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Old 08-28-2009, 12:41 PM   #11
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Bottling cold beer will lead to overcarbonation if you don't a) reduce your priming sugar or b) de-gas the cold beer somehow.

I bottled a pale and an amber cold... no gushers, but I have to drink them out of at least a 22 ounce glass to hold the foam...

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Old 08-28-2009, 12:46 PM   #12
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Even Palmer's Carbonation Nomograph shows the affects of temp on carbonation and the amount of sugar needed at bottlig time based on temp. Like I said if you use the carbing feature on beersmith (and I assume other software) it always asks for the temp of the beer, in order to figure out the amount of sugar you need at bottling time.

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Figure 65- Nomograph for determining more precise amounts of priming sugar. To use the nomograph, draw a line from the temperature of your beer through the Volumes of CO2 that you want, to the scale for sugar. The intersection of your line and the sugar scale gives the weight of either corn or cane sugar in ounces to be added to five gallons of beer to achieve the desired carbonation level.
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Old 08-28-2009, 12:57 PM   #13
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This isn't making any sense to me. I’d think that if you put the standard amount of priming sugar into chilled beer and then warmed the bottles to carbing pressure, you get the same carbonation level as if it were warm when added. I’d think that the yeast would eat that amount of sugar and produce the same amount of CO2 from it. That chart is wacked. According to it, if your beer is at 32 degrees when you bottle it, you don’t have to add any priming sugar to get 2 volumes.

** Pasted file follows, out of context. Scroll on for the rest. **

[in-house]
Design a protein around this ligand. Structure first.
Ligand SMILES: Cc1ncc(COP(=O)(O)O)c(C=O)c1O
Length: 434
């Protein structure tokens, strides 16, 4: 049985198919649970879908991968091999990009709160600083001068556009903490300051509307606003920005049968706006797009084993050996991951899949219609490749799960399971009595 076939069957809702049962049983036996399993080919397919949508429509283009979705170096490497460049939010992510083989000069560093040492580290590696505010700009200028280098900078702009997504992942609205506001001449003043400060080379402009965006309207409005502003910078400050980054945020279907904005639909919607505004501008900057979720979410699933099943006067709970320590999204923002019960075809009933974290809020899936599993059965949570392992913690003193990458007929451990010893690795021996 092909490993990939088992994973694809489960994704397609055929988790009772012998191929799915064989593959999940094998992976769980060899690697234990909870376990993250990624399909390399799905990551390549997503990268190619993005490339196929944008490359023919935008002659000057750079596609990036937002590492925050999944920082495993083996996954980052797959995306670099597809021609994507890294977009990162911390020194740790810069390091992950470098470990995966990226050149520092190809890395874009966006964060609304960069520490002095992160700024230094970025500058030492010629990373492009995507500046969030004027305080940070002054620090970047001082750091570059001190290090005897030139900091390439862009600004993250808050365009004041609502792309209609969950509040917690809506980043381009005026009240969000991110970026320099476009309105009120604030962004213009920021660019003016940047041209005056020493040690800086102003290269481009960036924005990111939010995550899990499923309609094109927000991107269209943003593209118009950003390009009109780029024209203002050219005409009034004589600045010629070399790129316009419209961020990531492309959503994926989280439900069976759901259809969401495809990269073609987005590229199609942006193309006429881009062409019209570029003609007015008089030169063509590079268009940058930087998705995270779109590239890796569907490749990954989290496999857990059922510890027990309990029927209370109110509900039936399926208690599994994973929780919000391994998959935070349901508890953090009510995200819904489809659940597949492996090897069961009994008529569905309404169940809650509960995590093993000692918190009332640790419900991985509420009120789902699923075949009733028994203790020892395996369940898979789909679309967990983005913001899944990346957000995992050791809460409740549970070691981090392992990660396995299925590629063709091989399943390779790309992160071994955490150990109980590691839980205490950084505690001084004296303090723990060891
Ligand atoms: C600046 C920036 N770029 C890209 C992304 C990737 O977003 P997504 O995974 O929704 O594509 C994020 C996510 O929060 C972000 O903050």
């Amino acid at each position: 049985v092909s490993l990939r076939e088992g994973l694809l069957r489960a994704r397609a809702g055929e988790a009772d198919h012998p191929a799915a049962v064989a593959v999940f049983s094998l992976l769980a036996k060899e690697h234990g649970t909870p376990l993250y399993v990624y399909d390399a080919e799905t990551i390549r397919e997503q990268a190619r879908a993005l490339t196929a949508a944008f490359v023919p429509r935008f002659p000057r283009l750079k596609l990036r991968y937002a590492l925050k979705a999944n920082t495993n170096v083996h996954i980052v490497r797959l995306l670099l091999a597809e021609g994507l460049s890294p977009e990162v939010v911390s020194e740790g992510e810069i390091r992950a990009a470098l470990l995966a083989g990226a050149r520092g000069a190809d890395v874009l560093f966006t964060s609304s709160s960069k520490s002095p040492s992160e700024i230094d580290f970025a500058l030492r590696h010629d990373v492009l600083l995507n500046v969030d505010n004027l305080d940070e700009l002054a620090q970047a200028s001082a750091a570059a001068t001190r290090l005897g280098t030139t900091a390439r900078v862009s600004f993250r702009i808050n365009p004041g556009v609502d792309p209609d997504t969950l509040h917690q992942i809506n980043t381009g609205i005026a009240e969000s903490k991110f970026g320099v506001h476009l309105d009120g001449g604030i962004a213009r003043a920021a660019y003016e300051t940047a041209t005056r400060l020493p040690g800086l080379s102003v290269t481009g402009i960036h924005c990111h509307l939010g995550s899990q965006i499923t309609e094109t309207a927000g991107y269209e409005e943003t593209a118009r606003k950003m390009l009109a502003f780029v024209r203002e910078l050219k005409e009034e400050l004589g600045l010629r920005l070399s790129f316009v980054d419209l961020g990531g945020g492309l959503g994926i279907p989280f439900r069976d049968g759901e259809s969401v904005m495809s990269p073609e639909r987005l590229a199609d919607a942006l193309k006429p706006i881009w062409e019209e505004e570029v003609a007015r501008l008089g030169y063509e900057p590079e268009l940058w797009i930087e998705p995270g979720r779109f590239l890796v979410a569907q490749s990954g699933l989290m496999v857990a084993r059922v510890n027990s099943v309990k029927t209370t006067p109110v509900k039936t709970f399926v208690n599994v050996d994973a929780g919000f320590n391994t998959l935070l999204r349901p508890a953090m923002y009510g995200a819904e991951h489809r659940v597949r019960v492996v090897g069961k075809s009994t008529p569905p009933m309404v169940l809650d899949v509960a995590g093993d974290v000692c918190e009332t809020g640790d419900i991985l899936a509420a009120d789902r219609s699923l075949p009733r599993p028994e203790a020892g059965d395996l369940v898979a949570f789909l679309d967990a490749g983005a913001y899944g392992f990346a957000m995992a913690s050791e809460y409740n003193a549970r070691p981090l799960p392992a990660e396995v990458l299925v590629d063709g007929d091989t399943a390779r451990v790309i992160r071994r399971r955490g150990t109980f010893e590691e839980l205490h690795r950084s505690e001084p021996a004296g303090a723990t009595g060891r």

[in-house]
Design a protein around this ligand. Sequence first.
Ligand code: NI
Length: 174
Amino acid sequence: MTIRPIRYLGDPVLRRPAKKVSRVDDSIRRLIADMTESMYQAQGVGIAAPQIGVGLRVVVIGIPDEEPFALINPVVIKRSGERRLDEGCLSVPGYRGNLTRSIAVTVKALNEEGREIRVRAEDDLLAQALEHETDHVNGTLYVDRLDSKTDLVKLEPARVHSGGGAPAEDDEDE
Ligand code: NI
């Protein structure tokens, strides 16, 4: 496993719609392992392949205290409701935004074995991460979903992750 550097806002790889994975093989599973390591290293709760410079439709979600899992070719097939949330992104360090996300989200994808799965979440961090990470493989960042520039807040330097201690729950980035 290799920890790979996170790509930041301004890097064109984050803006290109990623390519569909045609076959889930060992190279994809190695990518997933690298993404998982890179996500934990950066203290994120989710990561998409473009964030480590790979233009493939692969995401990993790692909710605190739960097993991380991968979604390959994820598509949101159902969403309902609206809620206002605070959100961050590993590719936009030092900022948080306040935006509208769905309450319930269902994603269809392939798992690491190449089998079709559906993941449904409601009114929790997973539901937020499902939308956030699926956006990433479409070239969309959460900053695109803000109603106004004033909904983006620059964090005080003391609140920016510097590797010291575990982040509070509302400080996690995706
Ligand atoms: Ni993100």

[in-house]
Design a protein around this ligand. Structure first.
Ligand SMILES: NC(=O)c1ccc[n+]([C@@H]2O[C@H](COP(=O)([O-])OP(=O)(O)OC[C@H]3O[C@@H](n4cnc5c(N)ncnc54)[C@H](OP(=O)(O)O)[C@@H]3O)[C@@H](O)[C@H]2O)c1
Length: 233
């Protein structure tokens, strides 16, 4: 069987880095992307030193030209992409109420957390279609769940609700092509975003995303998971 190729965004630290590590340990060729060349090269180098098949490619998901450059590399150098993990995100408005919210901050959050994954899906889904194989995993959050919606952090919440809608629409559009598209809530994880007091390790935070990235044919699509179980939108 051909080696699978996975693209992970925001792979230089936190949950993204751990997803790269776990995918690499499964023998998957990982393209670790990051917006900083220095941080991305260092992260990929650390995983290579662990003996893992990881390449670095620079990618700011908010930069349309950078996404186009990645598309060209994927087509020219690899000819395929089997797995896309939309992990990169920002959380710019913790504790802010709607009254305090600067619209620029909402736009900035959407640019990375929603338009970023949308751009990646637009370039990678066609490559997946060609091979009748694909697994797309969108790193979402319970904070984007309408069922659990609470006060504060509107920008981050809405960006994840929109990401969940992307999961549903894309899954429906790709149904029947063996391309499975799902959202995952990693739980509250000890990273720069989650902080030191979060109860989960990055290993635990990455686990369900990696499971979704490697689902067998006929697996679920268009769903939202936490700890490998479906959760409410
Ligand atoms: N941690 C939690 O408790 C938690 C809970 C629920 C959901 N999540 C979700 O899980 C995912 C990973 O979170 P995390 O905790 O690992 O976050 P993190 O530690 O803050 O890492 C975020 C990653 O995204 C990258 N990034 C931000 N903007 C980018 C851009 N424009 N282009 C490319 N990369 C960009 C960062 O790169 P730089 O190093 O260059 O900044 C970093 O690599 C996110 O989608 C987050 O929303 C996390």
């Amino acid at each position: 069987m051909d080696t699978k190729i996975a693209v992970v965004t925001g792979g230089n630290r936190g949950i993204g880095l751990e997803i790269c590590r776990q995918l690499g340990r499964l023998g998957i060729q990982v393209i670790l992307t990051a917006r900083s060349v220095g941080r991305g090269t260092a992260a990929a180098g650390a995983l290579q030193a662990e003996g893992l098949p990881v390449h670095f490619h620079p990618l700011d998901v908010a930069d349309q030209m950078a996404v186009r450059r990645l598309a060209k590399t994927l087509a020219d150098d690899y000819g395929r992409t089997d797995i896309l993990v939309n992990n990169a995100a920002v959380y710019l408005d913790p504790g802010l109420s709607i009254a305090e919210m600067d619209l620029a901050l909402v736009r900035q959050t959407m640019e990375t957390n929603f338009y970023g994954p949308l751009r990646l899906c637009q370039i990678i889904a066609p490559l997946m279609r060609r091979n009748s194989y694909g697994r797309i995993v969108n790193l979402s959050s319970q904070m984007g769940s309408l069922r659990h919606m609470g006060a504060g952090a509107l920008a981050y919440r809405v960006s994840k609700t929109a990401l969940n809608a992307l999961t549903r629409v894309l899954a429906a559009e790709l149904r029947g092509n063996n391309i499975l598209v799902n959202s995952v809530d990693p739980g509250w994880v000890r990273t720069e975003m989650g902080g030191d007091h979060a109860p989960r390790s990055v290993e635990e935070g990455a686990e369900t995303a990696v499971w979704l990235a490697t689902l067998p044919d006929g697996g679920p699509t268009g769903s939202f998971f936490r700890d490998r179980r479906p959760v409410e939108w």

Edit:
And I'd have to question how much CO2 stays in suspension in a non pressurized container. Ever leave a soda or beer in the fridge with the lid off?
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Old 08-28-2009, 01:23 PM   #14
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I think I see the problem here. All the charts and information are assuming a certain amount of residual carbonation left over after fermentation. I think the temperature that they are referring to is the temperature that the wort was fermented at. If you had a lager at 48 degrees and then bottled at that temperature as compared to a Belgian fermented at 75 degrees and bottled at 75. Once fermentation is complete, I don’t think that you will put more CO2 in suspension just by chilling the beer.
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Old 08-28-2009, 01:53 PM   #15
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Originally Posted by AnOldUR View Post
carbonation left over after I think the temperature that they are referring to is the temperature that the wort was fermented at. .
Nope you're not the first one to be wrong about that...a lot of us, including me have gotten it wrong before...Palmer is saying the temperature of your beer. He did not say Temperature fermented at...that has no bearing whatsoever on how much co2 can be held.